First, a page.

The Central Bank Of Russia Tighten Up Monitoring P2P Transactions Including Crypto
The Central Bank of Russia (CBR) has proposed that the country’s commercial banks enhance their oversight of cryptocurrency and regulator operations. The goal is to halt transactions that attempt to circumvent the country’s “special economic measures to prevent the outflow of foreign currency abroad.”
This proposal mentions investigating cryptocurrency trading, which is supposedly one of the methods of removing capital in Russia. This was highlighted in a letter written by CBR deputy chairman Yuri Isaev to other banking institutions, instructing them to begin investigating “abnormal” transactional activity, which includes any out-of-the-ordinary spending patterns.
The Russian Federal Financial Monitoring Service (Rosfinmonitoring) would be required to report suspicious transactions so that they can be halted immediately. During the early stages of the Russia-Ukraine war, special measures were adopted to limit foreign money outflows as part of economic sanctions.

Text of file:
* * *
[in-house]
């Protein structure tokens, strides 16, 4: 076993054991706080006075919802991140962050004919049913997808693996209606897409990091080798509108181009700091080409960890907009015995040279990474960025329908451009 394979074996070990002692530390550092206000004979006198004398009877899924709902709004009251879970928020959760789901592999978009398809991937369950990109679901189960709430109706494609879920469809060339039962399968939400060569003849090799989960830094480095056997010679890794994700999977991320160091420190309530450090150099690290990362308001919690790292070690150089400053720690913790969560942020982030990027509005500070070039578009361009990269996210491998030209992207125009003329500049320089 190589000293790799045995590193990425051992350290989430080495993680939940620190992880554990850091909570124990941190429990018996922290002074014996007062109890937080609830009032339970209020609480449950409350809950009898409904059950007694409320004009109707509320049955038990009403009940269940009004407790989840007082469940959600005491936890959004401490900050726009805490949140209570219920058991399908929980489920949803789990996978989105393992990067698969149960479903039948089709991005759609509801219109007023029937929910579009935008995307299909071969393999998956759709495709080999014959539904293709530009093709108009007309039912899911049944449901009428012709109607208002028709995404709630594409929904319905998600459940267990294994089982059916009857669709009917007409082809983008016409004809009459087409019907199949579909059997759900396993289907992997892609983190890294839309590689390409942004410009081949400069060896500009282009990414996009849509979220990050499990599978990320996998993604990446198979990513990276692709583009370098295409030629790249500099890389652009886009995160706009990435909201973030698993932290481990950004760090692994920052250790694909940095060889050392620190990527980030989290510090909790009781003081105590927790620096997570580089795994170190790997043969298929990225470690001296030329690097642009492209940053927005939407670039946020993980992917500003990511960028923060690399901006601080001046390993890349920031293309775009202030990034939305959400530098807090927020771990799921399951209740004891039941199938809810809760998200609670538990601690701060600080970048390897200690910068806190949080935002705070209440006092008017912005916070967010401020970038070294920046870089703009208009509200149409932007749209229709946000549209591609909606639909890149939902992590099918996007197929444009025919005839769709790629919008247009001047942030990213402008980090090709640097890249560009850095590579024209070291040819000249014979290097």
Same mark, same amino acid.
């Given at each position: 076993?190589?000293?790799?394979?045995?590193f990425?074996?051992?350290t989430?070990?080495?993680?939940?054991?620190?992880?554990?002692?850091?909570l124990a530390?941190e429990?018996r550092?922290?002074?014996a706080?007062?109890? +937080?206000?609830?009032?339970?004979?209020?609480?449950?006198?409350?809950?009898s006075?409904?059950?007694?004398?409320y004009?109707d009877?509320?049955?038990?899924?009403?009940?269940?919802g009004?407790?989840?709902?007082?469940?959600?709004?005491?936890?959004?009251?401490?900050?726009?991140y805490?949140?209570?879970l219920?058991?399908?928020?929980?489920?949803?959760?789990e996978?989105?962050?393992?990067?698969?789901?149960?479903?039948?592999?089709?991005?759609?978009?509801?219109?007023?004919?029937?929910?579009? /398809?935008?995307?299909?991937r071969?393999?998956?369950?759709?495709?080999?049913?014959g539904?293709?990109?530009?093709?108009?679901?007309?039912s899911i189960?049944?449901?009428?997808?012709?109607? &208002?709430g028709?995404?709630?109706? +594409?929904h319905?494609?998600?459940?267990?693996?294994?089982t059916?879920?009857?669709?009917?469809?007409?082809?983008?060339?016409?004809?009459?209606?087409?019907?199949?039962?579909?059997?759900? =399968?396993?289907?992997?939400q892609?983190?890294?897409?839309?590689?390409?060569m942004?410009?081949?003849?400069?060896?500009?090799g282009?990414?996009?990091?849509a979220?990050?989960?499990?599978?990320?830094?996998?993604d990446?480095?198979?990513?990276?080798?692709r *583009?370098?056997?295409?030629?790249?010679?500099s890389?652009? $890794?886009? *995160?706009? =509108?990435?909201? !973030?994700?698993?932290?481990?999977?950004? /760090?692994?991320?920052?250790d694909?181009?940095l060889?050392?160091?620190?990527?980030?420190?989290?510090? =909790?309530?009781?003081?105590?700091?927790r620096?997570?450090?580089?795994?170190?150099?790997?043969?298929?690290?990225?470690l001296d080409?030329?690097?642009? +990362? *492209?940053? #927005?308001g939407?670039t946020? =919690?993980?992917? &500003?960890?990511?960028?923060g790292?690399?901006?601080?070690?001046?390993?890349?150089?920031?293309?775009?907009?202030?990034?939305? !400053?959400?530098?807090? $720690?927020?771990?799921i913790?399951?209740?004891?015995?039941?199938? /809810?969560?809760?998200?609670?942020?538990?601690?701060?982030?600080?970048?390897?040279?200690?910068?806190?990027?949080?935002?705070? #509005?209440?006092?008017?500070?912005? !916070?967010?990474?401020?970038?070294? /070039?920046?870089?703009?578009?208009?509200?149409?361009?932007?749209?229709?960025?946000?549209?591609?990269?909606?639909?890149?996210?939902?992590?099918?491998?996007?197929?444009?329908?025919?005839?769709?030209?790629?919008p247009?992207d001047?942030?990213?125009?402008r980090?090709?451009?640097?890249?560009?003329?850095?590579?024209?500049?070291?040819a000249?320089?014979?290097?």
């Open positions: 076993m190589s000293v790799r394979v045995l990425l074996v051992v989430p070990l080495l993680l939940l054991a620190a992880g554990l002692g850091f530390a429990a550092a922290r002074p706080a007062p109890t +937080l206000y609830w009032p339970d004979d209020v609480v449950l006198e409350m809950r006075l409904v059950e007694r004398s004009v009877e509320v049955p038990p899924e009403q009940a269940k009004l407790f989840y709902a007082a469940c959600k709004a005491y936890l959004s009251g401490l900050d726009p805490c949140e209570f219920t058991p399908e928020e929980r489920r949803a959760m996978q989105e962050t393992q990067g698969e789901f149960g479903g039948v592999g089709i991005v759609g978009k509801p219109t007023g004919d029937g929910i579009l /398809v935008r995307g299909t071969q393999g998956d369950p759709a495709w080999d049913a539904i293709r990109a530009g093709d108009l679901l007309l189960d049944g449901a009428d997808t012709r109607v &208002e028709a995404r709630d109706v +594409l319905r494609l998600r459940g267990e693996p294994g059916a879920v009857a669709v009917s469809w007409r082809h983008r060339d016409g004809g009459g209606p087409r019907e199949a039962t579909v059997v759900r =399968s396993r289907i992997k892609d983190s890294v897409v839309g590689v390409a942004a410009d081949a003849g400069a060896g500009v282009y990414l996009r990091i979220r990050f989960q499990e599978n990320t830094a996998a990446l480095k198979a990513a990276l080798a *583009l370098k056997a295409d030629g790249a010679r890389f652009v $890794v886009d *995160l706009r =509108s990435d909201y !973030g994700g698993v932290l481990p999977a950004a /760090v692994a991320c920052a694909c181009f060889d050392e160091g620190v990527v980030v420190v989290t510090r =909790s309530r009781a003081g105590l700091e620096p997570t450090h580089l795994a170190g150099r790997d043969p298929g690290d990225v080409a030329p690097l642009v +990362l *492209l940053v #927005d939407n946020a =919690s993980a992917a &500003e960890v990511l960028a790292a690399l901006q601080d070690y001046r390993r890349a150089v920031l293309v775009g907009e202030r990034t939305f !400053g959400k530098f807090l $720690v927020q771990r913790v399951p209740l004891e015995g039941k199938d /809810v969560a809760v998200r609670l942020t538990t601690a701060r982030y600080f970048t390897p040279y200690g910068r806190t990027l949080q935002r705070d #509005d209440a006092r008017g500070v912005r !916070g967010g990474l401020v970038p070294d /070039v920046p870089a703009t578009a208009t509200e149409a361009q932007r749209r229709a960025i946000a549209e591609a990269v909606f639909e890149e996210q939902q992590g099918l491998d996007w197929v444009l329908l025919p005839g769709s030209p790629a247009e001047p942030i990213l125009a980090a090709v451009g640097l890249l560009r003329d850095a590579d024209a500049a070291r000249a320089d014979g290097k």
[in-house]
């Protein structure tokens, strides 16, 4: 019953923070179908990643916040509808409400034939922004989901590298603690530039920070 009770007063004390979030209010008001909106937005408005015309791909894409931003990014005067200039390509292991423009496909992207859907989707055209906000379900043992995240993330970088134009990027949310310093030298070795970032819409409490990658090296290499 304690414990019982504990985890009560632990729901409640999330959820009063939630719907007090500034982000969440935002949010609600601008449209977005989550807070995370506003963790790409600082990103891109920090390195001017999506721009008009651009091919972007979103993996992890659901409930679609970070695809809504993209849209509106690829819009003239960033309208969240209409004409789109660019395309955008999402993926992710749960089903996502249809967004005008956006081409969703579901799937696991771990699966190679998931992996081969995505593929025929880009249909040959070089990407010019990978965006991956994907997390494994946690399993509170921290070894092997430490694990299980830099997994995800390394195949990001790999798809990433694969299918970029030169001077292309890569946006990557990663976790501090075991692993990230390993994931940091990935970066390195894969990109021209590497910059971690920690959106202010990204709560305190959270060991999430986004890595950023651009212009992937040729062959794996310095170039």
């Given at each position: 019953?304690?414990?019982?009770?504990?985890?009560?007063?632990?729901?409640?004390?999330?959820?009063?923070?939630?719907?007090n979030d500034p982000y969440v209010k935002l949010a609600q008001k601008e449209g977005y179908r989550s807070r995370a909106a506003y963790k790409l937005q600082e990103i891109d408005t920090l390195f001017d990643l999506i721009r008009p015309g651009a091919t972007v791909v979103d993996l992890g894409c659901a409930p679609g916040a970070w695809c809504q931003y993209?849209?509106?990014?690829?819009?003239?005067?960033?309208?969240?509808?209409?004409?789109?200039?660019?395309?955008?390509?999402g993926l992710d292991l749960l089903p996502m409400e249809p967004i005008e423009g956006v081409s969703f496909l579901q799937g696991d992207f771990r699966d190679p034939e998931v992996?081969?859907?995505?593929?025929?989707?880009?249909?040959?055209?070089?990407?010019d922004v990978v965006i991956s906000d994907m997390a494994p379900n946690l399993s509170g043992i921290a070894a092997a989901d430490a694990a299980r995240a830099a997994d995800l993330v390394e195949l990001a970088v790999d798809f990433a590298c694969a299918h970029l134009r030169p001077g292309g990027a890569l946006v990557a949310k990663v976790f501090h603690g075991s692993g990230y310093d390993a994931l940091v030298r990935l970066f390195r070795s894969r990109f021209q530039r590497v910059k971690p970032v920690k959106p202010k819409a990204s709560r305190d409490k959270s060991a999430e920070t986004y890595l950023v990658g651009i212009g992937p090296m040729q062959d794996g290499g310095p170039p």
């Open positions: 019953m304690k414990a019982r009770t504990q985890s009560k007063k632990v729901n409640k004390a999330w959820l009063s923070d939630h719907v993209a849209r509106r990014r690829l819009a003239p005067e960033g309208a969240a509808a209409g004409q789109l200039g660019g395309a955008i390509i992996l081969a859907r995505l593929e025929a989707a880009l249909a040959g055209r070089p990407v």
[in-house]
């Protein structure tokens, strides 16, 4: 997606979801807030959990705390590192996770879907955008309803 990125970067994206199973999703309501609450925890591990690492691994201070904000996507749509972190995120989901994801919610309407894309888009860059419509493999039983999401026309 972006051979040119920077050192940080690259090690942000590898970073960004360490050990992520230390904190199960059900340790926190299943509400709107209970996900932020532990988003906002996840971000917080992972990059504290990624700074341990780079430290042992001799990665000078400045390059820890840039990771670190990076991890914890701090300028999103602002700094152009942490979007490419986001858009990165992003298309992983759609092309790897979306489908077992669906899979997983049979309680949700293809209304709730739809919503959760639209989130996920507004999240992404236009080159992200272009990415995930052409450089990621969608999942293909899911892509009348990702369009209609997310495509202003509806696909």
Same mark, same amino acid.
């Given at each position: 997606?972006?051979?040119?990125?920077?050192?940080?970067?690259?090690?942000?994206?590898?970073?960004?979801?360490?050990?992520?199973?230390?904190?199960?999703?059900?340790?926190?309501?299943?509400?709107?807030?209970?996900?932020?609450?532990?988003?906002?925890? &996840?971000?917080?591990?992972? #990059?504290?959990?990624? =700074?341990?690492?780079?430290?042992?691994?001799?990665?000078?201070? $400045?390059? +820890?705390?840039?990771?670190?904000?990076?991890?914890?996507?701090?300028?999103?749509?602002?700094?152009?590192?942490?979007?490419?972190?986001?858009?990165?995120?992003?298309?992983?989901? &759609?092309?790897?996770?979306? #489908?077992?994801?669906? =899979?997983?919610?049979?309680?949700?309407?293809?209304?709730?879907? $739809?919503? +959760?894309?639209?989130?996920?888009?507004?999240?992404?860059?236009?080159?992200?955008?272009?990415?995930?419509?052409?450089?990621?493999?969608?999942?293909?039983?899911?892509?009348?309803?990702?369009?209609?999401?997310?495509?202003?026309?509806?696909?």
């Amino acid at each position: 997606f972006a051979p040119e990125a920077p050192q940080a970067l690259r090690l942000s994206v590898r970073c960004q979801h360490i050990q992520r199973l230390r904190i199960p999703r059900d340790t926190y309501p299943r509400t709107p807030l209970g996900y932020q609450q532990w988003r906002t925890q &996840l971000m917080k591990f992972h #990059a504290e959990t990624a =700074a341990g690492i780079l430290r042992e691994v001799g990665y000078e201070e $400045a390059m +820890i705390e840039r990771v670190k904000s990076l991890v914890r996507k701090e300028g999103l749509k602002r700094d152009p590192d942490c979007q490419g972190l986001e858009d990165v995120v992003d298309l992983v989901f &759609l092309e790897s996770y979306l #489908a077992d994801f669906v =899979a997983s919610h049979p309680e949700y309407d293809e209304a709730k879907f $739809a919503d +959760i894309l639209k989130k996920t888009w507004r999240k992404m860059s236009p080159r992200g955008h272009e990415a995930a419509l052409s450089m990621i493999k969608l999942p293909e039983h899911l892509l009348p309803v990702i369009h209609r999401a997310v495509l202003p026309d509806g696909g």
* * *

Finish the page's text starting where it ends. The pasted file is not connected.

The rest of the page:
Purchasing real estate, securities, and other assets from other hostile nations or jurisdictions will necessitate official approval. Furthermore, Russia has assured that foreign currency transactions are limited to $5,000, as well as a cash ceiling of $10,000 for anyone travelling overseas.
The Russian Banks Association’s vice-chairman, Aleksey Voylukov, has spoken to the media. He stated that the CBR’s ideas are to minimize these strategies that are designed to evade the established restrictions on the limit by using only crypto exchanges.
10 million Russian citizens own approximately 5 trillion rubles in cryptocurrency, which is worth $63 billion. Russian users are unable to use their Visa and MasterCard cards since the firms have disabled them, and the Russian government has also set stringent limitations. As a result, Russian residents have become reliant on cryptocurrency as their sole means of transferring payments.
Despite the denial of operations, it does not necessarily imply the freezing of cash; Russians will be required to give specific documentation to the bank, including statements of the legality of the transaction or operation.
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